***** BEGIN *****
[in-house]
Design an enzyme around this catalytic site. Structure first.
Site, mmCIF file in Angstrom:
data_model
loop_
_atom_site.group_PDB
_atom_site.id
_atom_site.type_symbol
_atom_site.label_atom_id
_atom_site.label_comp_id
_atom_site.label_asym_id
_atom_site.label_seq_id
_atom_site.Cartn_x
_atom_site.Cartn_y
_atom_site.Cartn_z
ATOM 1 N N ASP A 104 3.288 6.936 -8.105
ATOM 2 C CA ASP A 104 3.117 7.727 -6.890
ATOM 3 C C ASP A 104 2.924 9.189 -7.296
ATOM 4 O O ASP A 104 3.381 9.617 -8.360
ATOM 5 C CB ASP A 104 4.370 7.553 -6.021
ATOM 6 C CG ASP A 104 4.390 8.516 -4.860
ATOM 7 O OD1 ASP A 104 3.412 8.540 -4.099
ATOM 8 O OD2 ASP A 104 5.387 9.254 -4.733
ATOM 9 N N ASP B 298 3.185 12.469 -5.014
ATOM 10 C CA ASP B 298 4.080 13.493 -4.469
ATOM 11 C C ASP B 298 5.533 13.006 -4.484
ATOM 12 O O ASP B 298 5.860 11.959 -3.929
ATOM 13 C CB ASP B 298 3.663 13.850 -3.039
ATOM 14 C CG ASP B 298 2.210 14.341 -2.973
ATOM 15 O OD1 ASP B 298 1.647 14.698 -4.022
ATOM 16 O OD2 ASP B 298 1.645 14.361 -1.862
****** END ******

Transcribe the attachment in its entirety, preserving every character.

[in-house]
Design an enzyme around this catalytic site. Structure first.
Site, mmCIF file in Angstrom:
data_model
loop_
_atom_site.group_PDB
_atom_site.id
_atom_site.type_symbol
_atom_site.label_atom_id
_atom_site.label_comp_id
_atom_site.label_asym_id
_atom_site.label_seq_id
_atom_site.Cartn_x
_atom_site.Cartn_y
_atom_site.Cartn_z
ATOM 1 N N ASP A 104 3.288 6.936 -8.105
ATOM 2 C CA ASP A 104 3.117 7.727 -6.890
ATOM 3 C C ASP A 104 2.924 9.189 -7.296
ATOM 4 O O ASP A 104 3.381 9.617 -8.360
ATOM 5 C CB ASP A 104 4.370 7.553 -6.021
ATOM 6 C CG ASP A 104 4.390 8.516 -4.860
ATOM 7 O OD1 ASP A 104 3.412 8.540 -4.099
ATOM 8 O OD2 ASP A 104 5.387 9.254 -4.733
ATOM 9 N N ASP B 298 3.185 12.469 -5.014
ATOM 10 C CA ASP B 298 4.080 13.493 -4.469
ATOM 11 C C ASP B 298 5.533 13.006 -4.484
ATOM 12 O O ASP B 298 5.860 11.959 -3.929
ATOM 13 C CB ASP B 298 3.663 13.850 -3.039
ATOM 14 C CG ASP B 298 2.210 14.341 -2.973
ATOM 15 O OD1 ASP B 298 1.647 14.698 -4.022
ATOM 16 O OD2 ASP B 298 1.645 14.361 -1.862